“Vehicles that can experience this oscillation include motorcycles and bicycles, skateboards, and in theory any vehicle with a single steering pivot point and a sufficient amount of freedom of the steered wheel, including that which exists on some light aircraft with tricycle gear where instability can occur at speeds of less than 50 mph; this does not include most automobiles. However, coil-sprung vehicles with a track bar setup such as the Jeep WJ, XJ, ZJ, TJ, and JK with both stock and after-market suspension lifts may also have this problem. The initial instability occurs mostly at high speed and is similar to that experienced by shopping cart wheels and aircraft landing gear.”

Because it stops the moped from steering, the operator will be unable to turn the moped as the front wheel vibrates back and forth.

Most people who are untrained will grab the handle bars harder and attempt to stop the vibration that way. But that is exactly the wrong thing to do. By attempting to stop the wobble by grabbing the handlebars harder or pressing down on the front wheel, the wobble is accentuated in the moped can crash. This “wobble” has often been referred to as a “speed wobble,” “death wobble,” “tank slapper” or “shimmy” and it happens when a moped or motorcycle is out of adjustment. You will not be able to look at anything on the moped to determine whether it is properly adjusted and you may be able to drive the moped many miles before a vibration sets off the wobble. It generally happens at about 30 to 35 mph.

Sharks

Shark attacks have been on an increase around the world. In Hawai’i, sharks have attacked both surfers and tourists at the beach in recent years. Various theories exist about why this is happening, and one of them is that the food sources for the sharks are being depleted in the deep water and they are coming closer to shore to feed. Whatever the reason, the best way to avoid a shark attack is to stay in groups and to not swim or surf alone in areas around reefs that are isolated. Sharks do not seem to like the lot of activity and tend to attack isolated swimmers. Obviously, you don’t want to go in the water if you have an open cut that might bleed, which is known to attract sharks. Not every shark will attack a human being if an encounter occurs; many sharks mind their own business and are relatively harmless. Of course, the ocean is where the sharks live and you can’t pick your shark, so the best defense is to not get yourself into an area where you are alone swimming or snorkeling and you are fairly far offshore.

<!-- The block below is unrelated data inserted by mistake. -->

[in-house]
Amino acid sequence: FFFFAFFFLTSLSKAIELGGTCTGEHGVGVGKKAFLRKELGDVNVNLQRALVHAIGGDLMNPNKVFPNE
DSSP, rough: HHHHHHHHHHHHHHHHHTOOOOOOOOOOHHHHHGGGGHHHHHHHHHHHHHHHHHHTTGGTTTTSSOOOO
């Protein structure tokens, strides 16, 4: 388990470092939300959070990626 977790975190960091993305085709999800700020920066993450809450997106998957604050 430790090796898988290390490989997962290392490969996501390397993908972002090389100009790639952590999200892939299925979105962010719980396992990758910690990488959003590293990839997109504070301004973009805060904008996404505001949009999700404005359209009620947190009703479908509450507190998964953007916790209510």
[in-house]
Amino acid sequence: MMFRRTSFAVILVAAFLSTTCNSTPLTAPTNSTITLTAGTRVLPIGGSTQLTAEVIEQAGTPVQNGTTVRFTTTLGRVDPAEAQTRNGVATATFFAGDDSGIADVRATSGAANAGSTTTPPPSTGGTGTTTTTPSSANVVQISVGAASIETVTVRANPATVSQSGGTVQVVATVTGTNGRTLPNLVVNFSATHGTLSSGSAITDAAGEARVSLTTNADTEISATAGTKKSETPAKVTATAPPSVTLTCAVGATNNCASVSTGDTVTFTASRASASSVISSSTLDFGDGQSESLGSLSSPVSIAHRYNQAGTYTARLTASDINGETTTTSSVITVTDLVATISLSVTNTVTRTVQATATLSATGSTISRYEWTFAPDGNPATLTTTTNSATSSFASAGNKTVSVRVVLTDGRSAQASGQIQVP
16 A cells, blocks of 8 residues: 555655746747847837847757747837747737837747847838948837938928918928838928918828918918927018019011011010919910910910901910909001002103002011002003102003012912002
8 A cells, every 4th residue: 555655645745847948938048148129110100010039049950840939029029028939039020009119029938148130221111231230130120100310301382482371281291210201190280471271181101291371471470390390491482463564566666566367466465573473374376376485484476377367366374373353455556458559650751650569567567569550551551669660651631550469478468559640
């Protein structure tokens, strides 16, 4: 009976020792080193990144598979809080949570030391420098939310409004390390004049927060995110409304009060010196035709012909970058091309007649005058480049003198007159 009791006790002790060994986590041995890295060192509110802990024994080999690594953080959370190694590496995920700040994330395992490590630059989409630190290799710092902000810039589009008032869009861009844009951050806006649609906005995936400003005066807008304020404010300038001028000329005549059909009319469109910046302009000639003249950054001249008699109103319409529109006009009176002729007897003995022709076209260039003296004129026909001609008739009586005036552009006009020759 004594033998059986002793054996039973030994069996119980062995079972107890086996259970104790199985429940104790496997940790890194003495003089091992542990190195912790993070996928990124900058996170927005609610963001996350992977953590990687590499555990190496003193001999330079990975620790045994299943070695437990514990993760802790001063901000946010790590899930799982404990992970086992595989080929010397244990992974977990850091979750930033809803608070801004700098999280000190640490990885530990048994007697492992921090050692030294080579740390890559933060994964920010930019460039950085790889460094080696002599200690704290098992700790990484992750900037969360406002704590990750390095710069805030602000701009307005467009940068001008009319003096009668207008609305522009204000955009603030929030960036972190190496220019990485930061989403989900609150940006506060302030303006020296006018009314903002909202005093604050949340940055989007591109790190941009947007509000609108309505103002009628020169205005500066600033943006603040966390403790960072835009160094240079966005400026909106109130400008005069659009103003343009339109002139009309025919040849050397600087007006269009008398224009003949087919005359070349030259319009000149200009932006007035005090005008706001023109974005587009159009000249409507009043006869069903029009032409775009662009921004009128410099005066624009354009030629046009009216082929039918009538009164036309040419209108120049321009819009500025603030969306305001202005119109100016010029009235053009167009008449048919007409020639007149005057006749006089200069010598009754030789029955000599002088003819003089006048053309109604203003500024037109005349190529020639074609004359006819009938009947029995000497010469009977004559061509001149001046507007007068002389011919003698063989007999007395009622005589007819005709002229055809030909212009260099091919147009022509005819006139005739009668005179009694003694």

Some complain these days that the world isn’t fun anymore because we all have to worry about so many things. As a trial lawyer, I get the call from people who suffered a serious disabling injury or when someone has died. I have never spoken to someone who has suffered a life-changing injury or the death of a child or a friend or family member, who felt that the risk they took was worth it. For each of us, we will make our own decisions about what risks to take and what risks not to take. Do a little homework and become aware of the risks in the area you travel to, and double check recommendations from Internet sites that talk about secret places to go or thrills that the local people know about. Also, remember that the tour companies in the hotels don’t want to scare you off and may play down some risks that they know about. You have to protect yourself and your family when you travel. Do your own homework, don’t get hurt and then I won’t have to take a call someday because of the tragedy that happened to you.

About the author/blogger:

Based in Honolulu, Attorney Wayne Parsons of the Wayne Parsons Law Offices provides legal representation to victims of serious injuries or wrongful deaths throughout Hawaii.   http://www.wayneparsons.com/